It’s hard to believe that Call of Duty has become what it is today. From humble beginnings as a Medal of Honor clone, Call of Duty is now the go-to franchise when it comes to multiplayer first-person shooter gaming. Yet its origins remain somewhat humble and, if you can believe us, there was a period of time when numbered designations mattered in this series. Call of Duty 2, released all the way back in 2005, is the sequel to the first game in the series and improves upon its somewhat novel gameplay in marked ways.
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The Game Review
Set again during World War II, the game features three theaters including a British, American, and Soviet campaign for a total of 27 missions. In a drastic change from the first game, the sequel implemented a regenerating health system (somewhat lessening the realism while opening up the game mechanics to new possibilities) in addition to some more gamer-friendly heads-up displays such as exploding grenades and nearby hazards.
Released back during the heyday of first-person shooters with narrative arcs, Call of Duty 2 didn’t slack in the multiplayer department though its format was limited by the platform that the player used. For example, the PC multiplayer had server capacities of 64 players while the original Xbox had 8 and the newly-released Xbox 360 had a slightly higher number than that.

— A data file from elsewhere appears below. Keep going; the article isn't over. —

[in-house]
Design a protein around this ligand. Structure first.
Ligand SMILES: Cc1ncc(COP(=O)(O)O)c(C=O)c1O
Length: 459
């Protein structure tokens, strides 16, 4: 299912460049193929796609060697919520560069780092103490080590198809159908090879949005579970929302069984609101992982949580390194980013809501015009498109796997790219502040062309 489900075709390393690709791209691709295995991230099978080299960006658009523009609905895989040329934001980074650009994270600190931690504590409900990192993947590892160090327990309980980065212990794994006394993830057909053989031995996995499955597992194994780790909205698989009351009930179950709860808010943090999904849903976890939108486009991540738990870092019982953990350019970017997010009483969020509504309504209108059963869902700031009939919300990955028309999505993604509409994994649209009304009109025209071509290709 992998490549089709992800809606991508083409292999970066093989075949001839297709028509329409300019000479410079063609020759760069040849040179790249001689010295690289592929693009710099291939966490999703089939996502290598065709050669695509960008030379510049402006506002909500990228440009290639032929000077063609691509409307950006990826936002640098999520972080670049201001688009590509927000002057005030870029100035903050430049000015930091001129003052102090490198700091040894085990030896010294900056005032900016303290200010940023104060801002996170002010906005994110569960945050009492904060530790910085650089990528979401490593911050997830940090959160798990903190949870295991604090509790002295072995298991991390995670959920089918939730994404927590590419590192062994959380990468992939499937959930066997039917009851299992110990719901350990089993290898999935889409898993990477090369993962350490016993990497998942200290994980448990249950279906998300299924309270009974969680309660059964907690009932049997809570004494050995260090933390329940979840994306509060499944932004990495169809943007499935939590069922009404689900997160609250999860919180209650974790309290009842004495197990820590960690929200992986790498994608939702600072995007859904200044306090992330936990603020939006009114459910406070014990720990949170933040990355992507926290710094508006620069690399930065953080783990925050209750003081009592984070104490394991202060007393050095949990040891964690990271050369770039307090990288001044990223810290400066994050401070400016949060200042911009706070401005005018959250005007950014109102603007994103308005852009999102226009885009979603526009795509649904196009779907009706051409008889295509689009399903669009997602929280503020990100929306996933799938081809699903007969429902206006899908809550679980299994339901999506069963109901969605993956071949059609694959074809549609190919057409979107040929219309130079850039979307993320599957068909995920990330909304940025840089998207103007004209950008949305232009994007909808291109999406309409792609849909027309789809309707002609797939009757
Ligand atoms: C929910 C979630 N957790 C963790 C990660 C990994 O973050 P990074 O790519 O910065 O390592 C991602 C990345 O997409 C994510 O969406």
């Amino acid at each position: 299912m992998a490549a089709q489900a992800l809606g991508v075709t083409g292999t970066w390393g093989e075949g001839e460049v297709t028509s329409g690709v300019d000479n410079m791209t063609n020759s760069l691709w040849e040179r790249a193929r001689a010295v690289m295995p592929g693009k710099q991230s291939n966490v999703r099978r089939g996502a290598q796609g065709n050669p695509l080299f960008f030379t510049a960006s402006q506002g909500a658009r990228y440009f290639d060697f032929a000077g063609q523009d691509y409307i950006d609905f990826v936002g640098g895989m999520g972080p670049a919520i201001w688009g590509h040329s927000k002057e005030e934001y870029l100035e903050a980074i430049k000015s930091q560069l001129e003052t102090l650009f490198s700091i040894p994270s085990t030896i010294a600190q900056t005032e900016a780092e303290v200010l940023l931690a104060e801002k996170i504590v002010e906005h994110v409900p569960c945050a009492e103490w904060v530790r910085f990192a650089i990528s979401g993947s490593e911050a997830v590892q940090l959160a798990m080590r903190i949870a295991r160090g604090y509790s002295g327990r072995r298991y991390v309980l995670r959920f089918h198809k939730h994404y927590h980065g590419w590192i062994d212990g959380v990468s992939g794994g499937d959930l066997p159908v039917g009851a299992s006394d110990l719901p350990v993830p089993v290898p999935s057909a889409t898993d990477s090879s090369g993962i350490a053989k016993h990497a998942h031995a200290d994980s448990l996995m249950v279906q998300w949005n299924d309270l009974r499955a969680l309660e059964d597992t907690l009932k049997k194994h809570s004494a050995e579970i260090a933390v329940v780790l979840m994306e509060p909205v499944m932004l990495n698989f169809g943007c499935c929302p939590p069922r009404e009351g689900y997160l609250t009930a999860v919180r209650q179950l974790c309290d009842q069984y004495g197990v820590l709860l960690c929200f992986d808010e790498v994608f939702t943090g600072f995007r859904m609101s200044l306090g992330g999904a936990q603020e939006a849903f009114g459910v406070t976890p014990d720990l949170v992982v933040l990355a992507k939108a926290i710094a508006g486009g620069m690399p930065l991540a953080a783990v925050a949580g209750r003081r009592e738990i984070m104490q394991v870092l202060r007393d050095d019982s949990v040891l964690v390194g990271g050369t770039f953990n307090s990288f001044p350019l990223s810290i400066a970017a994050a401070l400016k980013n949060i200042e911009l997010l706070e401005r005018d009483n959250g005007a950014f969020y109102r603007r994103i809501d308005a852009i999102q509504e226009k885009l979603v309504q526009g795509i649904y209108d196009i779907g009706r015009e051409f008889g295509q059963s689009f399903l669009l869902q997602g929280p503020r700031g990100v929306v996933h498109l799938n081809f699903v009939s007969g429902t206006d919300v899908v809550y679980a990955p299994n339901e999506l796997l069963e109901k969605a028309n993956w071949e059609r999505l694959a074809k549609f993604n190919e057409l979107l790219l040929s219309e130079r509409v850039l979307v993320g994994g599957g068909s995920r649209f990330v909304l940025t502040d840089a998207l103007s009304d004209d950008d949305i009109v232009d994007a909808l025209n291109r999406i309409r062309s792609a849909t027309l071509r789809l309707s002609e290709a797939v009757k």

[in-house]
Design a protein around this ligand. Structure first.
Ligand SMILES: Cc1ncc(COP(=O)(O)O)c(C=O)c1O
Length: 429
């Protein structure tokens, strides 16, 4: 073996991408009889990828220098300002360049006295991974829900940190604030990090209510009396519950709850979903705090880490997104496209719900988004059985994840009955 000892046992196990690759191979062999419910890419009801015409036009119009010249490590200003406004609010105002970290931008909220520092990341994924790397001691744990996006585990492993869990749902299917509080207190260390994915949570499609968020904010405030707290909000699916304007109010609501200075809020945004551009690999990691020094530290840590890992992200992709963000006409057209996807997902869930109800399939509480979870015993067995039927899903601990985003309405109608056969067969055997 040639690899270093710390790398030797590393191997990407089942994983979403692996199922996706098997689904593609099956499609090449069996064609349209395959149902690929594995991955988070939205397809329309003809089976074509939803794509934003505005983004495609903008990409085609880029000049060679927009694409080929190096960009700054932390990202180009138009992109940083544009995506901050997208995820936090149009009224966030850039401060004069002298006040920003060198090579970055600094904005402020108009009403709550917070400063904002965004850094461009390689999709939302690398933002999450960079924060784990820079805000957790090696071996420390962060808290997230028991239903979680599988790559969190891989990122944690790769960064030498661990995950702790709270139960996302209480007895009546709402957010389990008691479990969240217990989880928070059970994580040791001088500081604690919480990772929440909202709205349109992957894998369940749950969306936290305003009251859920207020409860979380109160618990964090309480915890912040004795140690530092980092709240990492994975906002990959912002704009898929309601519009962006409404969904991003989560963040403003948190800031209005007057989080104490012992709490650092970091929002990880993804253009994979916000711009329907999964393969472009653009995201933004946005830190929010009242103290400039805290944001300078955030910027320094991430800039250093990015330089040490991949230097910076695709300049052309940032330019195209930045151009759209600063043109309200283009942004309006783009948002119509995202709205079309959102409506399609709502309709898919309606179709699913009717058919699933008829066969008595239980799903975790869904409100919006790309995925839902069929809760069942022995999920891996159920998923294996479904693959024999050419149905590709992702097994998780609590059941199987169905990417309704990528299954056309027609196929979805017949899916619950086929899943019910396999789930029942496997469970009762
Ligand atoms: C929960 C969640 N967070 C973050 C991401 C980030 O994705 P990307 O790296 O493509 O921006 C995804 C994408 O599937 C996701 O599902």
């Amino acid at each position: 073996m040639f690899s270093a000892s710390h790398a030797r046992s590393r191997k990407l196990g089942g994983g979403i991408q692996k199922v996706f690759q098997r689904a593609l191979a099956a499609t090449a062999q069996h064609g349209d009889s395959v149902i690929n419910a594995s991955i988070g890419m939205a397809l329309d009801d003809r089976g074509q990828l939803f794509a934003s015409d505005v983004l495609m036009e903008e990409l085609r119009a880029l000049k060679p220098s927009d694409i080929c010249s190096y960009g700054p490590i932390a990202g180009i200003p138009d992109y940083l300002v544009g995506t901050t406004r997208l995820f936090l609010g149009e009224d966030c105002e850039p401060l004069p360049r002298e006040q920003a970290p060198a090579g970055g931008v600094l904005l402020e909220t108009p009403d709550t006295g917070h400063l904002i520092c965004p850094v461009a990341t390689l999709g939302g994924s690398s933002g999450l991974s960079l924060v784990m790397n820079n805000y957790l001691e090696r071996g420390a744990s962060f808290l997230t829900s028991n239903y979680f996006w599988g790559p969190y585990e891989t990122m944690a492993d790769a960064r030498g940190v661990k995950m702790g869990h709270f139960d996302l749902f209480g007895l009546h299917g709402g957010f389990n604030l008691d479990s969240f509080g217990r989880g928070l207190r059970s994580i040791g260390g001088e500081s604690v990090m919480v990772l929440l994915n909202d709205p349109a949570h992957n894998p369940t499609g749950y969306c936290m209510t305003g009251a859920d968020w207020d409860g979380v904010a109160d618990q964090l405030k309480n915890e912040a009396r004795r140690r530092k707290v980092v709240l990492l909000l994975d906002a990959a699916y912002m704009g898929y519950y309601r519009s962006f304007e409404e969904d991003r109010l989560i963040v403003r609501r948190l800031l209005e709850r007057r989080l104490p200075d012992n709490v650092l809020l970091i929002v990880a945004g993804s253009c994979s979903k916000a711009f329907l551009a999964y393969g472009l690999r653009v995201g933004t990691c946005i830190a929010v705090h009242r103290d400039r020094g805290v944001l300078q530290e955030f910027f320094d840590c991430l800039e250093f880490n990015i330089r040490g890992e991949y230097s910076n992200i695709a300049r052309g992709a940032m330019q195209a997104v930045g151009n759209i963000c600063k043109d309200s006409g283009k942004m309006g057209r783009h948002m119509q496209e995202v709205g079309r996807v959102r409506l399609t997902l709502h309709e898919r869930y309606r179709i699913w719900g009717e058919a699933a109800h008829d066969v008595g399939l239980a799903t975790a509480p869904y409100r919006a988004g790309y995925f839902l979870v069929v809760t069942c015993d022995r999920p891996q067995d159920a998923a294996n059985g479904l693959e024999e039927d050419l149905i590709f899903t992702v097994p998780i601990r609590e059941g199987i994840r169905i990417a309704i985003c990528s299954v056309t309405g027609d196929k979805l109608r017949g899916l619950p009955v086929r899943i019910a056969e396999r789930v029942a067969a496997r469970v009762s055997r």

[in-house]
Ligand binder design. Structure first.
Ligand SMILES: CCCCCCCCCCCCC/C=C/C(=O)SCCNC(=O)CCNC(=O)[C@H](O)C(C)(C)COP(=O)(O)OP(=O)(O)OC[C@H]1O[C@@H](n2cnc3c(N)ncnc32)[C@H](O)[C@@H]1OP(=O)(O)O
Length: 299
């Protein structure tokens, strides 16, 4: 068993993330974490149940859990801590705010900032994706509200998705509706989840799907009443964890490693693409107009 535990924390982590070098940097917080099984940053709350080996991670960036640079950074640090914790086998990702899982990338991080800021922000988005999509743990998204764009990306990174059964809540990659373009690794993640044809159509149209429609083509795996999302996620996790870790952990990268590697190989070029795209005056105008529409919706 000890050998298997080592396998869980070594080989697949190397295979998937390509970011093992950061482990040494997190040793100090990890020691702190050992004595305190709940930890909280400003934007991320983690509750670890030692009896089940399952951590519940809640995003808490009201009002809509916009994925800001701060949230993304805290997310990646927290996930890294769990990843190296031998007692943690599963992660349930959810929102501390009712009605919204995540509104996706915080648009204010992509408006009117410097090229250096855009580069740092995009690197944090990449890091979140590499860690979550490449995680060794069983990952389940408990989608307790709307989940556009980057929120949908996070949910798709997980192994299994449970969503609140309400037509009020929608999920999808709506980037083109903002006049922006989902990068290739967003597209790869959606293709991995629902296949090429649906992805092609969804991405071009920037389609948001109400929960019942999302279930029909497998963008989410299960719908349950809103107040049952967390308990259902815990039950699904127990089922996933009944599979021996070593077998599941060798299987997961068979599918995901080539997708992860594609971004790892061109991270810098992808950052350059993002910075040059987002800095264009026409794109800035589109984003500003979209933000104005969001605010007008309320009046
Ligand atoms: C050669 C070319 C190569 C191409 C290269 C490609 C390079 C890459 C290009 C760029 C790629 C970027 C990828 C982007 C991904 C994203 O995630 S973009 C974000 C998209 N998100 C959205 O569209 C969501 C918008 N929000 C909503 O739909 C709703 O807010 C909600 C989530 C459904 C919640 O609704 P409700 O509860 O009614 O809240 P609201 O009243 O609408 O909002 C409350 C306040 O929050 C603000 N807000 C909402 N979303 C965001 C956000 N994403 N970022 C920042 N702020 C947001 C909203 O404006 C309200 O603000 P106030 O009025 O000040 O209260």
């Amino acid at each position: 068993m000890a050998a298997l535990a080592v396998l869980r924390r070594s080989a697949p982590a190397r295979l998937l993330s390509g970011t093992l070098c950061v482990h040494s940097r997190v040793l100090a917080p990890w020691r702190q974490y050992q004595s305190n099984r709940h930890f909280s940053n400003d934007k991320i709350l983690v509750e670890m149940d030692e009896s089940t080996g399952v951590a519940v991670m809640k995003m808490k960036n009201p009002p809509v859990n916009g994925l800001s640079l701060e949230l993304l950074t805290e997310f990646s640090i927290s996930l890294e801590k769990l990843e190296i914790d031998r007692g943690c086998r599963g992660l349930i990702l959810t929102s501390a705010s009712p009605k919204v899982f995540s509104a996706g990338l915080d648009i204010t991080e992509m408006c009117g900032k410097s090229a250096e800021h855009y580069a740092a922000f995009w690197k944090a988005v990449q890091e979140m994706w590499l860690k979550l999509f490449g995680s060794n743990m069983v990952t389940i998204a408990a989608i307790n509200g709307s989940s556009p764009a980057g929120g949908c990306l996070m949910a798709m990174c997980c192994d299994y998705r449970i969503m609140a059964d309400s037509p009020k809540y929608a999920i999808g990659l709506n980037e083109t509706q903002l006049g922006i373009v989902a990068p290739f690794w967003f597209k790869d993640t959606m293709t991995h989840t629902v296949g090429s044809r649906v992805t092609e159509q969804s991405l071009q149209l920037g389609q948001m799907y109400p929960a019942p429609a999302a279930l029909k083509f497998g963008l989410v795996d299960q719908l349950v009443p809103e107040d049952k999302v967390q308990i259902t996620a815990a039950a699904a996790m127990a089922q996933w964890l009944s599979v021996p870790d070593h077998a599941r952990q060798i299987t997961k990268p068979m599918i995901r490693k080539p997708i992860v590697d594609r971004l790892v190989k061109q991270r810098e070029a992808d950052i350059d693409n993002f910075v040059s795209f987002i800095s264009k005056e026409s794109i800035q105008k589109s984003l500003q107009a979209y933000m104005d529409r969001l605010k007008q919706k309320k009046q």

Nonetheless, this is when players started really paying attention to CoD’s multiplayer game and this title was somewhat of a breakout for the series. As of the latest figures, it has sold close to some 7 million copies – a far cry from Call of Duty’s modern numbers but an impressive figure for a nascent franchise at the cusp of a new generation of consoles. In terms of polish and cinematic experience, Call of Duty 2 turned everything up to eleven and delivered one of the most epic games of its time. Everything was on point from sound to music and beyond.
Though the series was more closely converging with the Medal of Honor series in its single-player gameplay choices, it still retained a distinct take on World War II with its multiple theaters of war and showing different sides of the conflict.
That said, there were criticisms and chief among them was the change to a regenerating health system. While this shift probably moved CoD into the stratospheric regions it occupies today, some purists really didn’t like this at the time because it morphed gameplay into a more arcade-style FPS than the first title.
Nonetheless, the game sold really well and the general format it introduced has endured to this day. It was perhaps a wise move on the part of the developers but it is important to note that massive multiplayer FPS games wasn’t a concept CoD invented and reviewers weren’t really looking at it in that light back then. A leap forward for the series, Call of Duty 2 maintains the World War II theme while delving into new areas of gameplay and, most importantly, multiplayer.